March 7, 2022

Nationwide population study finds association between ADHD and dementia, declining with decreasing genetic relatedness

Alzheimer's disease is characterized by an aging-related progressive deterioration in cognition and ability for independent living. It is the most common form of dementia. Few studies, with limited sample sizes, have probed the relationship between ADHD and dementia, with conflicting results.

A Swedish study team used the country's universal system of population and health registers' linked through unique personal identification numbers - to examine patterns among the more than 2.1 million Swedes born between 1980 and 2001.

Each of these individuals was then linked to their biological relatives, parents, grandparents, uncles, and aunts through the Medical Birth Register and Multi-generation Register.

This generated three cohorts of relatives representing different levels of genetic relatedness: parents sharing half of their genes; grandparents sharing a quarter of their genes; and uncles and aunts who also share a quarter of their genes with index persons. After linking index persons to their biological relatives, the study cohorts contained more than 2.2 million parents, over 2.5 million grandparents, and almost a million uncles/aunts.

By the end of follow-up, 3,042 (0.13%) parents, 171,732 (6.82%) grandparents, and 1,369 (0.15%) uncles/aunts had a diagnosis of Alzheimer's. The numbers for any dementia were 3,792 (0.17%) for parents, 197,843 (7.86%) for grandparents, and 1,697 (0.18%) for uncles/aunts.

Parents of persons with ADHD were 34% more likely to have any dementia, and 55% more likely to have Alzheimer's. Among grandparents of persons with ADHD, the association dropped to 10-11% more likely for any kind of dementia. Among aunts and uncles, it dropped to a 14% greater likelihood of Alzheimer's(similar to grandparents) and a 4% greater chance of any dementia. In this case, however, the results were not statistically significant, probably due in part to the much smaller sample size

Both with parents and grandparents of persons with ADHD, the risk of early onset of any kind of dementia was well over twice as high as the risk of late-onset.

"We found that ADHD aggregated with AD [Alzheimer's disease] and any dementia within families, and the strength of association attenuated with decreasing degree of genetic relatedness," the authors concluded, and called for further studies to identify genetic variants and family-wide environmental risk factors contributing to both conditions. If verified by such studies, that would indicate a need for "investigation of early-life psychiatric prevention on the development of neurodegenerative diseases in older age."

Le Zhang, Ebba Du Rietz, Ralf Kuja-Halkola, MajaDobrosavljevic, Kristina Johnell, Nancy L. Pedersen, Henrik Larsson, ZhengChang, "Attention-deficit/hyperactivity disorder and Alzheimer's disease and dementia: A multi-generation cohort study in Sweden," Alzheimer's &Dementia (2021), published online,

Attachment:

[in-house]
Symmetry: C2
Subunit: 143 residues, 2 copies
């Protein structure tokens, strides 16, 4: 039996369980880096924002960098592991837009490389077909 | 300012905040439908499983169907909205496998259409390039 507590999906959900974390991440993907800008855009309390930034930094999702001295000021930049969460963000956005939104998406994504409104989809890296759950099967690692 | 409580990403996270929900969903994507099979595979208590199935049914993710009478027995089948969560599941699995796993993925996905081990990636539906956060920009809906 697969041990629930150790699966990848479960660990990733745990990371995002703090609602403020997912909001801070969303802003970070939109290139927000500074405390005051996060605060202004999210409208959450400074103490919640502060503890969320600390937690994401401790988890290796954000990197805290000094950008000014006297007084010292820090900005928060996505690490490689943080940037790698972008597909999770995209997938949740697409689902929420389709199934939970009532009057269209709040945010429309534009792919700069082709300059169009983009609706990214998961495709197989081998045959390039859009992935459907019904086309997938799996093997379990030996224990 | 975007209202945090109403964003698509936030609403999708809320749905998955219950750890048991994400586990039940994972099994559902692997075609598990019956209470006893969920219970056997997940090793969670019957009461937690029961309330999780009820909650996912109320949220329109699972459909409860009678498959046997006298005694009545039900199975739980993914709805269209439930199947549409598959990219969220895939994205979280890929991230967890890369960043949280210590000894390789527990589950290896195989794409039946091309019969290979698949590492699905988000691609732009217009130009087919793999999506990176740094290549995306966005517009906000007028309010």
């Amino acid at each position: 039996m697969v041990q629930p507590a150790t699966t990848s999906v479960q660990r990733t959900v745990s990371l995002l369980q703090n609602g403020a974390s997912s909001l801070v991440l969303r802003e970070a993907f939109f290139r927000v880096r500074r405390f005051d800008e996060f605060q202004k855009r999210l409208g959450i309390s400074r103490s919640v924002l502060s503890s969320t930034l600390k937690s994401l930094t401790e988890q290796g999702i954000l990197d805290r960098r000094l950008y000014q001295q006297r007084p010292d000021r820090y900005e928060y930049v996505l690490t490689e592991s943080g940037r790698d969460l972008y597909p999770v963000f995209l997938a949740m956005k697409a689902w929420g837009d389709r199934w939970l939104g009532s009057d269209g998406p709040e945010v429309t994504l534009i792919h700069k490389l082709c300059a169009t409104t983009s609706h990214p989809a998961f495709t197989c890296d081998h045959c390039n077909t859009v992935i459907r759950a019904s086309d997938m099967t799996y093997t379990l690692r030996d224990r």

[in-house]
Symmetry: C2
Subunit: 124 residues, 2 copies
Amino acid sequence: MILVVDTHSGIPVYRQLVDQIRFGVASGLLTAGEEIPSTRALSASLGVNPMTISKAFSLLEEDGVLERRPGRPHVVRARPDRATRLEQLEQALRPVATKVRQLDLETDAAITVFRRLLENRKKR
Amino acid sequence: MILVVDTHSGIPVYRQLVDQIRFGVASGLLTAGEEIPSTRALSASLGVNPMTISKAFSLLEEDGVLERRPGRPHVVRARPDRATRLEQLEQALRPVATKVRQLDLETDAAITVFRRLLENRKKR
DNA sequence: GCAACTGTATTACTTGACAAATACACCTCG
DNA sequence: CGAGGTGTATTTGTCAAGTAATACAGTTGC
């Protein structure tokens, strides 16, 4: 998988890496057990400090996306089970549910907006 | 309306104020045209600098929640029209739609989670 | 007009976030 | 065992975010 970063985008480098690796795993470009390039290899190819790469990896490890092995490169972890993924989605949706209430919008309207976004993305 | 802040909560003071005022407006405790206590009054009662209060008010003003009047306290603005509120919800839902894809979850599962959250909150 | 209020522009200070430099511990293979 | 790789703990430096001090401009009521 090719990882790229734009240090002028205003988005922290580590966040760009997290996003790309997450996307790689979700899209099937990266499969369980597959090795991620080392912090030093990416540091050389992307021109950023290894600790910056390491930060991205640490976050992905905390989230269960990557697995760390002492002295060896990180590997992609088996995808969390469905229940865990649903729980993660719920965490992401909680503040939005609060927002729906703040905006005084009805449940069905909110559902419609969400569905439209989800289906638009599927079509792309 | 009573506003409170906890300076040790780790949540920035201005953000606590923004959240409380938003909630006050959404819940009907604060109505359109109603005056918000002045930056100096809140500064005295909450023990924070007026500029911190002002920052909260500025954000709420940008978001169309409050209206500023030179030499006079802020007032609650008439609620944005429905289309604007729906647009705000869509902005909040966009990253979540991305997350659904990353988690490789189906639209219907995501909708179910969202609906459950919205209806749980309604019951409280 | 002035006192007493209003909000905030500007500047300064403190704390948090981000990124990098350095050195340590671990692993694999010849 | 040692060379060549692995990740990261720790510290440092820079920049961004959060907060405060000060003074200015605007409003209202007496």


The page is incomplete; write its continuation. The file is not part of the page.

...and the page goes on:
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Using Video Analysis and Machine Learning in ADHD Diagnosis

NEWS TUESDAY: Machine Learning and The Possible Future of Diagnosing ADHD

Typically, clinicians rely on both subjective and objective observations, patient interviews and questionnaires, as well as reports from family and (in the case of children) parents and teachers, in order to diagnose ADHD. 

A group of researchers are aiming to find a diagnostic test that is purely objective and utilizes recent technological advancements. The method they developed involves analyzing videos of children in outpatient settings, focusing on their movements. The study included 96 children, half of whom had ADHD and half who did not.

How It Works

  1. Video Recording: Children were recorded during their outpatient visits.
  2. Skeleton Detection: Using a tool called OpenPose, the researchers detected and tracked the children's skeletons (essentially a map of their body's movements) in the videos.
  3. Movement Analysis: The researchers analyzed these movements, looking at 11 different movement features. They specifically focused on the angles of different body parts and how much they moved.
  4. Machine Learning: Six different machine learning models were used to see which movement features could best distinguish between children with ADHD and those without.

Key Findings

  • Movement Differences: Children with ADHD showed significantly more movement in all the features analyzed compared to children without ADHD.
  • Thigh Angle: The angle of the thigh was the most telling feature. On average, children with ADHD had a thigh angle of about 157.89 degrees, while those without ADHD had an angle of 15.37 degrees.
  • High Accuracy: Using thigh angle alone, the model could diagnose ADHD with 91.03% accuracy. It was very sensitive (90.25%) and specific (91.86%), meaning it correctly identified most children with ADHD and correctly recognized most children without it.